We met a few times through common involvement in environmental issues. He appeared to be a nice man with a good head for policy and commitment to progressive politics. When, in the mid 90s, he became Founder/Director of the Australia Institute, it seemed like an excellent initiative. Public interest think-tanks that develop new ideas and policy can play an important role in bringing about positive change. Australia has few such organizations. Overall, while I didn’t get to know Dr Hamilton well, I liked what I saw and supported the causes he made his own.

Protection of the environment is one policy area where I believe wise and effective regulation is merited – and more of it. Take global warming – an issue on which Dr Hamilton has worked hard throughout the last decade. I believe that the potential for human-induced global climate change is significant and poses unknown but alarming dangers to humanity’s future. Left to ‘the market’ alone, the necessary changes in human behaviour are unlikely to happen fast enough, if at all. Collective, political action is therefore needed, including stronger regulatory measures from governments. Personally, I’d like a global carbon tax, but that’s another discussion for another time…

I mention this to make it clear that my dispute with Clive Hamilton over Internet Censorship is not the quintessential stand-off between a sensible mainstream view and an “unthinking libertarian” who opposes regulation in almost every situation.

How many screw-ups before Conroy is sacked?
Nov 4th, 2008 by Syd Walker

One thing Australians DID want from Labor following the last election was rapid delivery of fast, affordable broadband throughout Australia.

That’s a matter about which there is solid poitical consensus.

It’s a complex policy area and the Rudd Government inherited a mess from Howard, whose fixation on selling the dominant carrier Telstra, without splitting up its wholesale and retail functions, amounted to shocking mismanagement of this industry sector.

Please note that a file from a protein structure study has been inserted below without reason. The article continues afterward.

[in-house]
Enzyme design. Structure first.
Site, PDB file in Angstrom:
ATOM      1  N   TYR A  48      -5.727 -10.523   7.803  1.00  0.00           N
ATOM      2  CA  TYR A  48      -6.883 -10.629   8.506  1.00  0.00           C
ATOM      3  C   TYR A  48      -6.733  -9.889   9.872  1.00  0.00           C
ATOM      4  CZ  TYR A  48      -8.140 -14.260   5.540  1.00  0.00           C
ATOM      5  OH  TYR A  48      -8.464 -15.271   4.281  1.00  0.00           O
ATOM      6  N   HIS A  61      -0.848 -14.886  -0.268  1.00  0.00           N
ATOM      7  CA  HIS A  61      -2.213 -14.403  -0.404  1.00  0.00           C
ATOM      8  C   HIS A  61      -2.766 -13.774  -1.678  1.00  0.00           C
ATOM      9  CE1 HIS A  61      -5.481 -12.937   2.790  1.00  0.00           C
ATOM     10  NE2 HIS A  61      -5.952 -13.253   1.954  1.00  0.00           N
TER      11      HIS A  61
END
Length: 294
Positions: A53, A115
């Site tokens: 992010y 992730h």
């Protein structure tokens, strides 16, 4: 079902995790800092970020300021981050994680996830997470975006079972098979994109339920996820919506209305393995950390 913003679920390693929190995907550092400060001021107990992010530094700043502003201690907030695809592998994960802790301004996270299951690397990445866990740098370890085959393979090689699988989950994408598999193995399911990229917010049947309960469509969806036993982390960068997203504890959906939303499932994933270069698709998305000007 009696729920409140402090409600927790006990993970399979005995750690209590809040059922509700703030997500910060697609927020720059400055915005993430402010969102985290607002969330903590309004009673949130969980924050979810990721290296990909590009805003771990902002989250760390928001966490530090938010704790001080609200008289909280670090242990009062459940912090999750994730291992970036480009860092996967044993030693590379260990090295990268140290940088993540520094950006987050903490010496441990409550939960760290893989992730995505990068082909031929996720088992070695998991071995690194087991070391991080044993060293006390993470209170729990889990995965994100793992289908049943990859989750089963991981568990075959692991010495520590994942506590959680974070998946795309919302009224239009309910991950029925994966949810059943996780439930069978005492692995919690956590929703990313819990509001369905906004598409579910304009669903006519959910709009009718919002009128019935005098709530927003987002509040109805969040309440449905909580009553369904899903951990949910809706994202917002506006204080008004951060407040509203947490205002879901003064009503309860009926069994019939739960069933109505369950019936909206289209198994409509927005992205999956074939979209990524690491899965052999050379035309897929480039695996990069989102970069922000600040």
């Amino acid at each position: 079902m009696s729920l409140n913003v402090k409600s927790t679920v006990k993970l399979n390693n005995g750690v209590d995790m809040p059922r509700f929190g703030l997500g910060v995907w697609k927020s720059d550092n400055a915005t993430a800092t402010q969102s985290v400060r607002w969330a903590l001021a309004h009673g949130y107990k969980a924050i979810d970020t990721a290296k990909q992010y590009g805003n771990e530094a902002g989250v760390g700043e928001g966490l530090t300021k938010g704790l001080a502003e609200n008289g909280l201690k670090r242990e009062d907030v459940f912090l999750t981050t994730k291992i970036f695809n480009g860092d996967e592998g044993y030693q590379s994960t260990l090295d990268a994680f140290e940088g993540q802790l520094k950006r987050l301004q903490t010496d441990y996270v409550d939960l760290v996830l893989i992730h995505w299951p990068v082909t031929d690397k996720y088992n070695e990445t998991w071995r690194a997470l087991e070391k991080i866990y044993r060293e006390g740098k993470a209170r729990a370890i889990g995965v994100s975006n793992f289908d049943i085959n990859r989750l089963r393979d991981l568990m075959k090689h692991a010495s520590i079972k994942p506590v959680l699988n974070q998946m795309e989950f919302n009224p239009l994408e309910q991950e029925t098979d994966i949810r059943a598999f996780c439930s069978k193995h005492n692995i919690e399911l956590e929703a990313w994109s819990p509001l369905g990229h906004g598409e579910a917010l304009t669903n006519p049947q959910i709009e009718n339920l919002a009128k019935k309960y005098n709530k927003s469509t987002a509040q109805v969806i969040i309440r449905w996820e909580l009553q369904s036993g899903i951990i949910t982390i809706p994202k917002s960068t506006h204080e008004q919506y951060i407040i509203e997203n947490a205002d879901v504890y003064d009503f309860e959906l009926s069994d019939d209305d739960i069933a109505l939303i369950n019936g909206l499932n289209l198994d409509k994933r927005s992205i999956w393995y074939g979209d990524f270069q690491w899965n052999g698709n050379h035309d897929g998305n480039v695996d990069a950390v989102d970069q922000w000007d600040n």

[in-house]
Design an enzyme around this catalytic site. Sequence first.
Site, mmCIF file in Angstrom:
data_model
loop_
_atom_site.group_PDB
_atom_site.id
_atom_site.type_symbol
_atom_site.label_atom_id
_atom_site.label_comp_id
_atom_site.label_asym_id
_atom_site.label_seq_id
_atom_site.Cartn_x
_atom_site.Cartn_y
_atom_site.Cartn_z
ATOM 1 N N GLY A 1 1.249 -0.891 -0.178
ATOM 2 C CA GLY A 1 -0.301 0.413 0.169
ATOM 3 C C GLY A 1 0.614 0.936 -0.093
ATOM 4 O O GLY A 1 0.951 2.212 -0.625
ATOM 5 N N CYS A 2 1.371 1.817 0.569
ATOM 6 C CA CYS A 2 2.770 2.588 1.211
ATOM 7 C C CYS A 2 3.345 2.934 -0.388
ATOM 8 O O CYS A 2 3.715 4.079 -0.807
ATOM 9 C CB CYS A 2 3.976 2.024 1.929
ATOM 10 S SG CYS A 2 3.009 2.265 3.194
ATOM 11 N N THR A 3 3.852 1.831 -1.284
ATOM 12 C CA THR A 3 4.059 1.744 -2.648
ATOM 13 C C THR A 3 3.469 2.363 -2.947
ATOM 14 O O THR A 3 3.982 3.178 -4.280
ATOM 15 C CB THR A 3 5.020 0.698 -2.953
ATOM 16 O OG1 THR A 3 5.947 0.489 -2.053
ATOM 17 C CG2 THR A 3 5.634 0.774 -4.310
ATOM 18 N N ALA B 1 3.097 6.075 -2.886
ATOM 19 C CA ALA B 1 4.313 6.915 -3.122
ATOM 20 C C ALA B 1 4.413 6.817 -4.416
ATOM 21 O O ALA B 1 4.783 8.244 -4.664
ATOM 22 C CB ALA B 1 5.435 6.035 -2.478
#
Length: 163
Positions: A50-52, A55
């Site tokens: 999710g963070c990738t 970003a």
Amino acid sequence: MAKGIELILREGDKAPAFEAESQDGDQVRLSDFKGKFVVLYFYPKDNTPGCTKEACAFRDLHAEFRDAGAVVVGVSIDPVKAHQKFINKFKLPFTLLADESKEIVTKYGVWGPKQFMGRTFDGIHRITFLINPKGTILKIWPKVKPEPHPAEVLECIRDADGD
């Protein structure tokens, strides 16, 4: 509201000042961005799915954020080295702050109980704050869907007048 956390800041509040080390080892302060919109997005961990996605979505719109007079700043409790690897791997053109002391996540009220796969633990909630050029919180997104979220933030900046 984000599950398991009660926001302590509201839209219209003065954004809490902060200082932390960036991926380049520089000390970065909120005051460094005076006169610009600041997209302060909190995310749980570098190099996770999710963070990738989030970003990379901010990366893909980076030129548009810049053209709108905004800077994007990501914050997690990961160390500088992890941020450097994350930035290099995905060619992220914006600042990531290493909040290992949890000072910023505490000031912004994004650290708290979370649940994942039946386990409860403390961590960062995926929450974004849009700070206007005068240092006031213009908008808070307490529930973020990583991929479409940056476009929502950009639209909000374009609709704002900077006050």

Senator ConroyEnter the ALP under Rudd, with its promise to roll out a national fibre-optic networkin short order. It sounded good, although there were obviously many loose ends. The hope was that a competent Minister would sort them out quickly, once in office, and get on with the roll out.

Speaking personally, I don’t even mind if governments, after coming to power, change some policies – as ong as the reasons for change are explicit and valid and a better aternative is offered instead.

How is Labor’s broadband rollout going – more than a year after the election?

Not well, according to the Opposition. Senator Minchin, who shadows Conroy and questioned him during Senate Estimates on October 20th. Minchin remarked it was “was unlikely the process of rolling out the network could begin until the end of 2009.”

The shambles that Conroy has made of this key Government priority is described in some detail by Michael Sainsbury writing in today’s Australian. Check out Broadband trap snaps shut on Conroy.

Conroy's Tilt towards Ankara
Nov 4th, 2008 by Syd Walker

One of the reasons I supported Labor at the last Federal election was its apparent enthusiasm for the internet and commitment to transforming Australia in a positive way via a world-class broadband system.

Now it seems the government has an obsession to develop plans not dissimilar from censorship implemented a couple of years back in Turkey.

The Rudd Government Communications Minister – Stephen Conroy – is using similar reasons to those given at the time by the Turkish Government, notably the need to protect children.

The Index on Censorship has just issued a report card on Turkey’s internet. It’s not happy reading for censorship advocates. It concludes with comment from a prominent Turkish academic:

“Turkish politicians haven’t had any real vision on how to develop the Internet. There are more people working on censoring it than developing it”.

No Internet Censorship in AustraliaThat’s like building a Highway system with half the budget spent on crash barriers.

Meanwhile, a reader in the USA who came across my previous article sent a link to Barak Obama’s policy document: Connecting and Empowering all Americans through Technology and Innovation.

Now that’s a policy! Here’s what Obama says about the child protection issue:

Protect Our Children While Preserving the First Amendment: